Equity markets have proven their penchant for volatility in August. The last few trading sessions have been mostly positive though. As the volatility temporarily fades from the radar screen and we turn our sights to other matters germane to investment decision making, we thought it notable that Greek sovereign bonds are currently trading for anywhere from 40 to 60 cents on the dollar, yielding as much as 60%. Yes, that’s right – 60% (compared to well under 4% for the highest yielding US Treasury securities). Comparable, German bonds also yield in the low single digits.
We have a great deal of respect for the collective intelligence of bond markets because they are huge in terms of total volume of debt outstanding, quite liquid and serve a wide swath of investors – meaning prices are difficult to manipulate. The message that the markets are sending is that Greek debt holders can expect to receive significantly less than par value when the bonds mature. For example, holders of the 6.25% Greek Government Bonds due June of 2020 might only receive 52 cents for every dollar in principal value they hold.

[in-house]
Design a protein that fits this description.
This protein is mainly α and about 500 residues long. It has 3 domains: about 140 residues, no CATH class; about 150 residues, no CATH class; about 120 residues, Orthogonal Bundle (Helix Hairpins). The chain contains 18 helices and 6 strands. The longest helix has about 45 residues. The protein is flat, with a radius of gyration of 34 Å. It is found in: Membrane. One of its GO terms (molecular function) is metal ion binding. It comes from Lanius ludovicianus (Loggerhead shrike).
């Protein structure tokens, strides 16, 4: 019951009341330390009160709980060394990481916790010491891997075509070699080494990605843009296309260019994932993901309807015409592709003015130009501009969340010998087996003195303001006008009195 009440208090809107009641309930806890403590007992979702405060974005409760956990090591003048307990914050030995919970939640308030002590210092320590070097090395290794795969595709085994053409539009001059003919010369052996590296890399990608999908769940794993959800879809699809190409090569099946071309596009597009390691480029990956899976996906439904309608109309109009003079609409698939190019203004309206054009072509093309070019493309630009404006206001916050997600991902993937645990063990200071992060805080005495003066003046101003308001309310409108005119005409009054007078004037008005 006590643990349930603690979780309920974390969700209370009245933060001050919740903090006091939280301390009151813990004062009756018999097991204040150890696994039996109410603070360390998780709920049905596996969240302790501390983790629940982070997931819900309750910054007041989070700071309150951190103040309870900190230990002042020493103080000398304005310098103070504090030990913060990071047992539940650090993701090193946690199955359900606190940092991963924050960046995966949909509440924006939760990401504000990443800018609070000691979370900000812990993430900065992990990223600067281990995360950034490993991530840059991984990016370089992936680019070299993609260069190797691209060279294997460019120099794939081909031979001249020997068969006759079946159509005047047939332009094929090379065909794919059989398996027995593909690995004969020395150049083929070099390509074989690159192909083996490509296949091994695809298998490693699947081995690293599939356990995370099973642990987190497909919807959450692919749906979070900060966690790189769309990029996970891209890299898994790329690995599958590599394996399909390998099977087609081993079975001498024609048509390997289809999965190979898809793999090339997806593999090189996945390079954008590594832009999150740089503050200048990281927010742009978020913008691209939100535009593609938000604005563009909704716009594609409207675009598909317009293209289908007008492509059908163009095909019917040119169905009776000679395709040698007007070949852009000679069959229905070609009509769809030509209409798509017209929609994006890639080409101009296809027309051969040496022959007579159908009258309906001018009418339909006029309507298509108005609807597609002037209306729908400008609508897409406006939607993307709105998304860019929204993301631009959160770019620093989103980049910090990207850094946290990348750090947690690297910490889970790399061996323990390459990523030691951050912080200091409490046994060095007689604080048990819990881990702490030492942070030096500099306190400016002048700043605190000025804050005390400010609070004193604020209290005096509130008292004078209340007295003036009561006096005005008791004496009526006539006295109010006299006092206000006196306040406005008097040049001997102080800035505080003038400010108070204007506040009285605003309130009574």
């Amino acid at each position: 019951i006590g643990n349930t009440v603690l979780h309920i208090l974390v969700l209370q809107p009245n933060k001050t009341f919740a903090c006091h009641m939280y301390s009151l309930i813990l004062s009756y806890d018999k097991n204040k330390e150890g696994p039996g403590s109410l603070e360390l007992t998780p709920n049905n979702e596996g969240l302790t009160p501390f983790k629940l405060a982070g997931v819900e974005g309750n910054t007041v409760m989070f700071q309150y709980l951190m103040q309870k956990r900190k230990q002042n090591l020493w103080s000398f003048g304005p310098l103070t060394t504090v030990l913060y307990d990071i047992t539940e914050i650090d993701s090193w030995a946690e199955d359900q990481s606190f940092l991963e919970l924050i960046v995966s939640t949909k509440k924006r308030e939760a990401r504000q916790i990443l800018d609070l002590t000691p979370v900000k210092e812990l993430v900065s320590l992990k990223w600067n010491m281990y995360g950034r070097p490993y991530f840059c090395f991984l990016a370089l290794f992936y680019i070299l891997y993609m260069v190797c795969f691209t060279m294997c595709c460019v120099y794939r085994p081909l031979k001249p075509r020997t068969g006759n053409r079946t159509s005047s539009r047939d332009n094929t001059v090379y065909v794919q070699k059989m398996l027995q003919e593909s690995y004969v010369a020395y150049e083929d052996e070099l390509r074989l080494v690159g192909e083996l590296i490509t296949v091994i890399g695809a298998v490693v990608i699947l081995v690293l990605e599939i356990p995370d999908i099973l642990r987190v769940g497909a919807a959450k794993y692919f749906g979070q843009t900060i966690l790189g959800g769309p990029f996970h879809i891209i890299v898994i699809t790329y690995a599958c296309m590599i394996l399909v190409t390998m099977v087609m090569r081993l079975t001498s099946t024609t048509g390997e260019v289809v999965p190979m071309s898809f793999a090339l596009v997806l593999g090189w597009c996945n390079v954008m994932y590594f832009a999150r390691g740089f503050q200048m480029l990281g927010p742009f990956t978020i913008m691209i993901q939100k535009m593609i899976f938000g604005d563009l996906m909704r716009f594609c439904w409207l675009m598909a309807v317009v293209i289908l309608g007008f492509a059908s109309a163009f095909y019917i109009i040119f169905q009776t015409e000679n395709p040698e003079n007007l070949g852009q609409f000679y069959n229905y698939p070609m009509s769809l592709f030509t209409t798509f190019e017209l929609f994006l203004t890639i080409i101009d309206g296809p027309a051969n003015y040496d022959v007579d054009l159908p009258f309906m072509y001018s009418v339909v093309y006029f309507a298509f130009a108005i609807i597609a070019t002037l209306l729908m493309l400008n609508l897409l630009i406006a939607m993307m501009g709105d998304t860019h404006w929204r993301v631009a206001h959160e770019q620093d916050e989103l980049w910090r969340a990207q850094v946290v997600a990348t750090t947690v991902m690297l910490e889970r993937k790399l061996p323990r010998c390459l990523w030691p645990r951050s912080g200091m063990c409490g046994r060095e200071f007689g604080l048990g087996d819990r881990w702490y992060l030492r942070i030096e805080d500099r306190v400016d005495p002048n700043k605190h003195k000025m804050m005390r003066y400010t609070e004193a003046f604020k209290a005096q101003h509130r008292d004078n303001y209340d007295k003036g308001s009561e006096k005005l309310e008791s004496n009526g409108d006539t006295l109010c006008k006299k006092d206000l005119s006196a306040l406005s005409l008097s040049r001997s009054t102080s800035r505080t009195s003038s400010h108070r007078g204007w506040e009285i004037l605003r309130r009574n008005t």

What does this mean? The Greeks will default on their debt, irrespective of how the politicians characterize it. Hence, the only question to be answered now is how this process gets institutionalized, and how the holders of the debt (and most importantly, the banks that have bought these securities intending to hold to maturity), will recognize the losses on their balance sheets. If this process unfolds in a chaotic fashion, it can unleash significantly greater volatility across all financial markets all over the world. If a “work-out” is well thought out and telegraphed to markets as terms evolve, the problem will be much more manageable. The process will be key – and bears monitoring.
We welcome all comments and questions.
Robert M. Bilkie Jr., CFA